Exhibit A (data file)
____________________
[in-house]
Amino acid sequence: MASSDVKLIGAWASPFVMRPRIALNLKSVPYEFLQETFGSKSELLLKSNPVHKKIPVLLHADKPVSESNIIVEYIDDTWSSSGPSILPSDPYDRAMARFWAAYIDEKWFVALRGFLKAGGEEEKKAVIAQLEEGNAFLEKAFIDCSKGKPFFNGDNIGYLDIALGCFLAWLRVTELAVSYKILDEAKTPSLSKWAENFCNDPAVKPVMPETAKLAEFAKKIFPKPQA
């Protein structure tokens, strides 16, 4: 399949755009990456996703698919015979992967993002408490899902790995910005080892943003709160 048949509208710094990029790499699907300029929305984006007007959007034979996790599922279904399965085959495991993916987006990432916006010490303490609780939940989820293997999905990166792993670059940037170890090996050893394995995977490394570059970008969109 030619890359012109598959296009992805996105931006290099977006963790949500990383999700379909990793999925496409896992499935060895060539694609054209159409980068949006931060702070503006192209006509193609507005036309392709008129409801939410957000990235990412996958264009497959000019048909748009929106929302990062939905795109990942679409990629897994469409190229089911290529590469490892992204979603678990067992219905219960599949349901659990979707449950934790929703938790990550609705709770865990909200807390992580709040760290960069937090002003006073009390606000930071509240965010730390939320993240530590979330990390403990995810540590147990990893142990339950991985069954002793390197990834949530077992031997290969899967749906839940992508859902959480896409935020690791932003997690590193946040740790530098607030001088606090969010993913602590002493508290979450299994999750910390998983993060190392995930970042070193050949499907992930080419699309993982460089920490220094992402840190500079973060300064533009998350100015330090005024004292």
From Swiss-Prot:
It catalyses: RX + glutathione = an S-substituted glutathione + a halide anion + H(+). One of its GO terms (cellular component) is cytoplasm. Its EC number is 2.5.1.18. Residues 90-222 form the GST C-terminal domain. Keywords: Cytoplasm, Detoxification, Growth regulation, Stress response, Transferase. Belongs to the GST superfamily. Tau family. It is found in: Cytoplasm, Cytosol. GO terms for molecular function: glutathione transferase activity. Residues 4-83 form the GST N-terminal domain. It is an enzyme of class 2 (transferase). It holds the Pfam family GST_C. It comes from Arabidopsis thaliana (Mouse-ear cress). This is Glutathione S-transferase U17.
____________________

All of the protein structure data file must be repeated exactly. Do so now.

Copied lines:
[in-house]
Amino acid sequence: MASSDVKLIGAWASPFVMRPRIALNLKSVPYEFLQETFGSKSELLLKSNPVHKKIPVLLHADKPVSESNIIVEYIDDTWSSSGPSILPSDPYDRAMARFWAAYIDEKWFVALRGFLKAGGEEEKKAVIAQLEEGNAFLEKAFIDCSKGKPFFNGDNIGYLDIALGCFLAWLRVTELAVSYKILDEAKTPSLSKWAENFCNDPAVKPVMPETAKLAEFAKKIFPKPQA
């Protein structure tokens, strides 16, 4: 399949755009990456996703698919015979992967993002408490899902790995910005080892943003709160 048949509208710094990029790499699907300029929305984006007007959007034979996790599922279904399965085959495991993916987006990432916006010490303490609780939940989820293997999905990166792993670059940037170890090996050893394995995977490394570059970008969109 030619890359012109598959296009992805996105931006290099977006963790949500990383999700379909990793999925496409896992499935060895060539694609054209159409980068949006931060702070503006192209006509193609507005036309392709008129409801939410957000990235990412996958264009497959000019048909748009929106929302990062939905795109990942679409990629897994469409190229089911290529590469490892992204979603678990067992219905219960599949349901659990979707449950934790929703938790990550609705709770865990909200807390992580709040760290960069937090002003006073009390606000930071509240965010730390939320993240530590979330990390403990995810540590147990990893142990339950991985069954002793390197990834949530077992031997290969899967749906839940992508859902959480896409935020690791932003997690590193946040740790530098607030001088606090969010993913602590002493508290979450299994999750910390998983993060190392995930970042070193050949499907992930080419699309993982460089920490220094992402840190500079973060300064533009998350100015330090005024004292």
From Swiss-Prot:
It catalyses: RX + glutathione = an S-substituted glutathione + a halide anion + H(+). One of its GO terms (cellular component) is cytoplasm. Its EC number is 2.5.1.18. Residues 90-222 form the GST C-terminal domain. Keywords: Cytoplasm, Detoxification, Growth regulation, Stress response, Transferase. Belongs to the GST superfamily. Tau family. It is found in: Cytoplasm, Cytosol. GO terms for molecular function: glutathione transferase activity. Residues 4-83 form the GST N-terminal domain. It is an enzyme of class 2 (transferase). It holds the Pfam family GST_C. It comes from Arabidopsis thaliana (Mouse-ear cress). This is Glutathione S-transferase U17.